The origin of Zongzis, symbolic food of Dragon Boat Festival

Sticky rice dumplings have become an integral part in celebrating Dragon Boat Festival. (Shutterstock)

TAIPEI (The China Post) — “Zongzi” (粽子), also known as sticky rice dumplings, are a traditional type of Chinese food eaten during the Dragon Boat Festival.

The origin of Zongzis can be traced to the Warring State Period, eaten as a way of celebrating Qu Yuan (屈原), a patriotic poet who drowned in the Miluo River (汨羅江).

Portrait of Qu Yuan by Chen Hongshou. (Photo courtesy of Wikipedia)

During the Warring States Period, Qu Yuan was a government official of the Chu state (楚), and was widely respected for his wisdom. The King of Chu state, however, disagreed with Yuan on many occasions and later exiled him to a remote city in the countryside. 

Due to his overwhelming grief, Qu Yuan later drowned himself in the Miluo River.  In order to prevent his body from being eaten by the fishes, people threw zongzis into the river to feed the fish.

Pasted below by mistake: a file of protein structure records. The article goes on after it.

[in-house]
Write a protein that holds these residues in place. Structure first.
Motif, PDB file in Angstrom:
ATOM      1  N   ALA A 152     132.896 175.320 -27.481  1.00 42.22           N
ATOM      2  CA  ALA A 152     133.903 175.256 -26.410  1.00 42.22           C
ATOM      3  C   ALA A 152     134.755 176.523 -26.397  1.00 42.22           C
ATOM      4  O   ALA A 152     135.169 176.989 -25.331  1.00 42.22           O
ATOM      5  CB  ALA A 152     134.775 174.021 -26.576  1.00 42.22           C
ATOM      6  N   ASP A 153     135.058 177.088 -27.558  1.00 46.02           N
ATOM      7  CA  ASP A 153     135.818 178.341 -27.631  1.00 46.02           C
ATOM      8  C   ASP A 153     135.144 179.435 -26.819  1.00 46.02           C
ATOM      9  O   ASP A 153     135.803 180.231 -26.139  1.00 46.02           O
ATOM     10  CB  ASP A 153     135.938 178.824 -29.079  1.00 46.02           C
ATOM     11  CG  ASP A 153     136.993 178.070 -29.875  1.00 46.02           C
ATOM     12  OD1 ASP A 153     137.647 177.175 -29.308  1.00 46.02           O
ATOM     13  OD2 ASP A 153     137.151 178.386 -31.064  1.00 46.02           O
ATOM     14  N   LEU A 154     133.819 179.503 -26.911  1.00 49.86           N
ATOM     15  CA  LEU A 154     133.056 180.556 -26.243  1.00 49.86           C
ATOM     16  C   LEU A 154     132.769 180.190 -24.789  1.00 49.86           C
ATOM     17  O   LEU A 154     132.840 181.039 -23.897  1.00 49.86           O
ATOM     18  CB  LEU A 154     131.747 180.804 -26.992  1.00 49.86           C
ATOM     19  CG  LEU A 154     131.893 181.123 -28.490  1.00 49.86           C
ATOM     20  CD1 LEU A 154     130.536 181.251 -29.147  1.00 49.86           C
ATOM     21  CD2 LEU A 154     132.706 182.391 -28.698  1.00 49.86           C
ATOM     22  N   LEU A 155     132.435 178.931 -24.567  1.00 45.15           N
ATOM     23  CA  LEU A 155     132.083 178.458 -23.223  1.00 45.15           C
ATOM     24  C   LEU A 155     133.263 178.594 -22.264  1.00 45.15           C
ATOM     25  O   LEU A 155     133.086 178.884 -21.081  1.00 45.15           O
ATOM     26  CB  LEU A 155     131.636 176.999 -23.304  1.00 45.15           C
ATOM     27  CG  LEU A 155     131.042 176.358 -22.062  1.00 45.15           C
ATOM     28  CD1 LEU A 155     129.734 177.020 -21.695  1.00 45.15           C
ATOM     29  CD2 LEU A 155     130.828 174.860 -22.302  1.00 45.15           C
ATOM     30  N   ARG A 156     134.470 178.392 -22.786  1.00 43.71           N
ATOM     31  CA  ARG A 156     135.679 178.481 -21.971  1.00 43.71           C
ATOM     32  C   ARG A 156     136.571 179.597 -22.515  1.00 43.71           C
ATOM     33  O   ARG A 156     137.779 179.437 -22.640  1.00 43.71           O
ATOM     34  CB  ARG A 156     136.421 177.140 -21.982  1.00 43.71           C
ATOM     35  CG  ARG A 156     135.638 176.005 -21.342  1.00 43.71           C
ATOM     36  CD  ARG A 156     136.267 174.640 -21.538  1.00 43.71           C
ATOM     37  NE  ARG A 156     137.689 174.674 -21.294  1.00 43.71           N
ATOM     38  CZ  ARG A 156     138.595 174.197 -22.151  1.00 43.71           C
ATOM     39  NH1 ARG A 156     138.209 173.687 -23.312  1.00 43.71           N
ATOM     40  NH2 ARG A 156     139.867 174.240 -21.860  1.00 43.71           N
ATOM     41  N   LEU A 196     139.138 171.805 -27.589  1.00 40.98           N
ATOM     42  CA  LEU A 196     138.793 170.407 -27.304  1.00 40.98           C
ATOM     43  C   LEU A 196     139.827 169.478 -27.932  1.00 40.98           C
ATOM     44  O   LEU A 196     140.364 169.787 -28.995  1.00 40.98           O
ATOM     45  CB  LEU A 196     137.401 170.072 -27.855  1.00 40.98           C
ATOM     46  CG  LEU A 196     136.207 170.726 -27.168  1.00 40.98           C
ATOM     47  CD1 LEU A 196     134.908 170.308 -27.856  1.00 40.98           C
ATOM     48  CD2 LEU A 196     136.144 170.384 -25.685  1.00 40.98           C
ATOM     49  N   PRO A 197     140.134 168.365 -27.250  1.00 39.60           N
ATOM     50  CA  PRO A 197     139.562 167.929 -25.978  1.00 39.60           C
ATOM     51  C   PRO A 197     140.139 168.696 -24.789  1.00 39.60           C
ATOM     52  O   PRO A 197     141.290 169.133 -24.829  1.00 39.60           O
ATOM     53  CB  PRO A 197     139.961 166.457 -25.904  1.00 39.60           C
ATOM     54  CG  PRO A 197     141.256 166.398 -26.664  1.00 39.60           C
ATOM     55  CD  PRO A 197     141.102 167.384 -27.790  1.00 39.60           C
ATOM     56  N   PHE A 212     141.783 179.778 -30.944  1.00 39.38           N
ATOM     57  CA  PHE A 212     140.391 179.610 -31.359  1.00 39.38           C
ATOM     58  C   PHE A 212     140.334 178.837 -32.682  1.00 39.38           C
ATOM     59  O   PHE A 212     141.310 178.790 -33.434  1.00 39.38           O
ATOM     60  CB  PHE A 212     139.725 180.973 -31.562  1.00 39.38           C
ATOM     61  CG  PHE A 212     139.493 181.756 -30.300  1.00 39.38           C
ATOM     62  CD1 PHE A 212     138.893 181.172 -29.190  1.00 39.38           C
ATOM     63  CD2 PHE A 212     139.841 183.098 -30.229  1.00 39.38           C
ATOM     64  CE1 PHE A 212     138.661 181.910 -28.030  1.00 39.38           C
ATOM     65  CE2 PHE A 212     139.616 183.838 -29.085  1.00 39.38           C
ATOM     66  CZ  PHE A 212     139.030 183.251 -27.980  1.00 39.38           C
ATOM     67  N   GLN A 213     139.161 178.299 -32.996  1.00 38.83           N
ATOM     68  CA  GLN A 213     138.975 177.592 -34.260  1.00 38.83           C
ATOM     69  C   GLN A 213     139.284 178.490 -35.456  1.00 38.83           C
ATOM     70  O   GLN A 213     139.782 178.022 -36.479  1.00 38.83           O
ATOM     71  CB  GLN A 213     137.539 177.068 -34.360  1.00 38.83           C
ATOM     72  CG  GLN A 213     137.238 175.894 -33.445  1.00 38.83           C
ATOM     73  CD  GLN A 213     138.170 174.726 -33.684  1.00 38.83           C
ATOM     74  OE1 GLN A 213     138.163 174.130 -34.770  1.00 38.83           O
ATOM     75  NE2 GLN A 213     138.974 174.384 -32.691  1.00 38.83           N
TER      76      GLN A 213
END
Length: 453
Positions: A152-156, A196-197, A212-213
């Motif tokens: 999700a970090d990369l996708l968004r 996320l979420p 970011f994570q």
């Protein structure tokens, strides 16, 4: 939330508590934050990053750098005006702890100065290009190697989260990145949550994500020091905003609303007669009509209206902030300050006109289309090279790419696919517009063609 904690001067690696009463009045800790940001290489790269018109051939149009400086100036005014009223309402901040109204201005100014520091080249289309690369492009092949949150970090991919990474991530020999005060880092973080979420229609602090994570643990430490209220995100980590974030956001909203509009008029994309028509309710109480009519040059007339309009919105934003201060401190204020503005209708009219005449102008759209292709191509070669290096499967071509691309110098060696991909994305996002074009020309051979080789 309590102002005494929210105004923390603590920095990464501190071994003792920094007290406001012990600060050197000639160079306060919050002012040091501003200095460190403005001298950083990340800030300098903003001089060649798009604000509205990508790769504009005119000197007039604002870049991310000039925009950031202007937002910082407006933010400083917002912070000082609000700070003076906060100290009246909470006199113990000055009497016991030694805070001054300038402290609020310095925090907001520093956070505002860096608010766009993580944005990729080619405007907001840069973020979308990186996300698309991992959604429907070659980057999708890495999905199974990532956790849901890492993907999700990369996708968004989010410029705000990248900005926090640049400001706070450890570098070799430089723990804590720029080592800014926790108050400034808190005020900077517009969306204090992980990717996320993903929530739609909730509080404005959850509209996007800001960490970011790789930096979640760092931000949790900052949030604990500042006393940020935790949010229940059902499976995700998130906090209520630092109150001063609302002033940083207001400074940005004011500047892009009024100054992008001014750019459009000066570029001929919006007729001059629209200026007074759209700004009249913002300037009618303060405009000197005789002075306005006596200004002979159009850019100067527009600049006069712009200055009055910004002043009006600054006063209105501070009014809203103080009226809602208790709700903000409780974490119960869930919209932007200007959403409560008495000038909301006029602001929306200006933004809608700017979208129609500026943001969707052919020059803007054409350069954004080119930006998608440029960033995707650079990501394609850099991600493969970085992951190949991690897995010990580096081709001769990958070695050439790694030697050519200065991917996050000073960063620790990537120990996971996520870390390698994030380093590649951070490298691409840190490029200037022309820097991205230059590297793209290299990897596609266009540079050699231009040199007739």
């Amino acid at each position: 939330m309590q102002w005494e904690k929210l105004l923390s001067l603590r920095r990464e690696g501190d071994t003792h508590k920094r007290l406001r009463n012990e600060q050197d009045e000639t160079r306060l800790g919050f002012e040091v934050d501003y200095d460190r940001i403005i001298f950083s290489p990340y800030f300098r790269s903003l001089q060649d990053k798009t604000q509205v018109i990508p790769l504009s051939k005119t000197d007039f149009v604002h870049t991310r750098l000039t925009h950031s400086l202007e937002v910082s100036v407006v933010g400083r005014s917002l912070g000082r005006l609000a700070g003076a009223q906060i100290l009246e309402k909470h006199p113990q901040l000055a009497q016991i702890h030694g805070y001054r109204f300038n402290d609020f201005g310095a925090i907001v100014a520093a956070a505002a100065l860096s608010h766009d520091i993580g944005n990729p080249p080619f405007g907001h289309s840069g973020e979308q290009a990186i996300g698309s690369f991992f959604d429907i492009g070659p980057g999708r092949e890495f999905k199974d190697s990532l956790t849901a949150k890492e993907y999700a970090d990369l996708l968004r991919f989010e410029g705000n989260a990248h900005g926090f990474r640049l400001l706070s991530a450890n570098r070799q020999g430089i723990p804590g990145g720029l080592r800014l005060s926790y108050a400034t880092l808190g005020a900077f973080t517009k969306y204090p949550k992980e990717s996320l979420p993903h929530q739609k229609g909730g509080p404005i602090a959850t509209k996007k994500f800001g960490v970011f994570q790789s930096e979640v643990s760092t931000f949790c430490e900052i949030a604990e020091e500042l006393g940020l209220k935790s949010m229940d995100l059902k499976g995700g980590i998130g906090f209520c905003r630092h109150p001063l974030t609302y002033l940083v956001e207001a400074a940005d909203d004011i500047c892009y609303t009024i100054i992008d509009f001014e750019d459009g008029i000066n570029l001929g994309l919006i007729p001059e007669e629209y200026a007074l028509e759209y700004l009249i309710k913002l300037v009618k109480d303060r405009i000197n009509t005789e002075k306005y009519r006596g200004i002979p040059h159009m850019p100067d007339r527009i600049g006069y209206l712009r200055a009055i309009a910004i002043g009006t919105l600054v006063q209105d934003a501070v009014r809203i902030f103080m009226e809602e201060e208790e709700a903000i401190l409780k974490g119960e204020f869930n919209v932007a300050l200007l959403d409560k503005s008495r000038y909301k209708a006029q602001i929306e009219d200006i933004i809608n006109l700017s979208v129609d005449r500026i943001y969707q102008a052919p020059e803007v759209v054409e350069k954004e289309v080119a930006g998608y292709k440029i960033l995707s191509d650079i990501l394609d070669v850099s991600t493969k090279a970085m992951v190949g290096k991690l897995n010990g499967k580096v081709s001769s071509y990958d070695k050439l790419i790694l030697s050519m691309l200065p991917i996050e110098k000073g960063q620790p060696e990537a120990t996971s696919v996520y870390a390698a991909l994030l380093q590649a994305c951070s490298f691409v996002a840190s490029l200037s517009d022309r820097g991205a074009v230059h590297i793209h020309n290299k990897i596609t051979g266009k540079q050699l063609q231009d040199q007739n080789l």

According to legend, Qu Yuan also appeared in a fisherman’s dream, and said that the zongzis were being eaten by a flood dragon, so leaves were later wrapped around the zongzis to prevent the dragon from eating them.

Leaves were later wrapped around the zongzis to prevent the dragon from eating them. (Shutterstock)

The tradition was then passed on, becoming an essential part of the Dragon Boat Festival.

Made from a mixture of glutinous rice and special fillings, zongzis are wrapped into a triangular shape with argy-wormwood leaves, allowing it to be carried around easily.

Today, it has become a traditional food Chinese people eat to celebrate the Dragon Boat Festival.